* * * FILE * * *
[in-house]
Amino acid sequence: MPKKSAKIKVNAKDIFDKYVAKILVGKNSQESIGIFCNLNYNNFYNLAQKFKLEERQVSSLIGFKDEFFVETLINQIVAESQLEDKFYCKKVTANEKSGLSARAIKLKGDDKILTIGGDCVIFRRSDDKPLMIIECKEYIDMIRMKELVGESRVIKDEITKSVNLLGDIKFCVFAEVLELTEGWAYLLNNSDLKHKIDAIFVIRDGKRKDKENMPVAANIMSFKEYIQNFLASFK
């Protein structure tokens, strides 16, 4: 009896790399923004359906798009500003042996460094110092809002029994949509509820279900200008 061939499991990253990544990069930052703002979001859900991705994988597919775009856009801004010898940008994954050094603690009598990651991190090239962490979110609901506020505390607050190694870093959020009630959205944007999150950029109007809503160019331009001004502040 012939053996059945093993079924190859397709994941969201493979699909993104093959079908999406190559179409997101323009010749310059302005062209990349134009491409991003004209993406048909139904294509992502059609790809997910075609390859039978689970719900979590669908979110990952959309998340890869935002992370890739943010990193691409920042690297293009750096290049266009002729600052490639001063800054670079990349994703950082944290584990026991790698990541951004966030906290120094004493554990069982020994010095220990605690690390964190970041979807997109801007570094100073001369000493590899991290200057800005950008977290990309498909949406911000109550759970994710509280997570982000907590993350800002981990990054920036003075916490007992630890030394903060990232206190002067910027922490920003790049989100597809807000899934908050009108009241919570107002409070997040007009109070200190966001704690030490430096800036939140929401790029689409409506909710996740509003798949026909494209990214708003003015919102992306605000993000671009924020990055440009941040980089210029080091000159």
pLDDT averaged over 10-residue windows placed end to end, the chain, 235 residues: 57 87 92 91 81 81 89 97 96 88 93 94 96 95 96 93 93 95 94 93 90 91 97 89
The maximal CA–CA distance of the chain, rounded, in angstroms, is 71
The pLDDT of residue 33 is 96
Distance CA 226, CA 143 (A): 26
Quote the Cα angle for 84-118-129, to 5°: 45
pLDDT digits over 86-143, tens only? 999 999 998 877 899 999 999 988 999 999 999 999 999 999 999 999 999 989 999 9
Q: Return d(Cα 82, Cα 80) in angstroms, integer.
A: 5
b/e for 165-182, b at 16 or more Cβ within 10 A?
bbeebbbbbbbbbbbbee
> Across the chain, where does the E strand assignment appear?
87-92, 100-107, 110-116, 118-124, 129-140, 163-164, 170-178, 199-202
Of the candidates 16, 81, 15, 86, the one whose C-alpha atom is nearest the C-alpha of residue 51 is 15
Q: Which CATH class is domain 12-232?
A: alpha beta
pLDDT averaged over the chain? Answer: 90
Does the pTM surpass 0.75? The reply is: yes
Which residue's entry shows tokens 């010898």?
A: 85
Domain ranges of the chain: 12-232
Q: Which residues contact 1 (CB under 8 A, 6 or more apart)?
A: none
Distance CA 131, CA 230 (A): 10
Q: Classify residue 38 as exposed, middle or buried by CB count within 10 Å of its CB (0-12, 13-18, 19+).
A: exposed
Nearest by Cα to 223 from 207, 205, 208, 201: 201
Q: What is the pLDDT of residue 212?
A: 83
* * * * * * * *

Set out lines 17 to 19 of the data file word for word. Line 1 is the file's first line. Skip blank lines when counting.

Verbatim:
Q: Which CATH class is domain 12-232?
A: alpha beta
pLDDT averaged over the chain? Answer: 90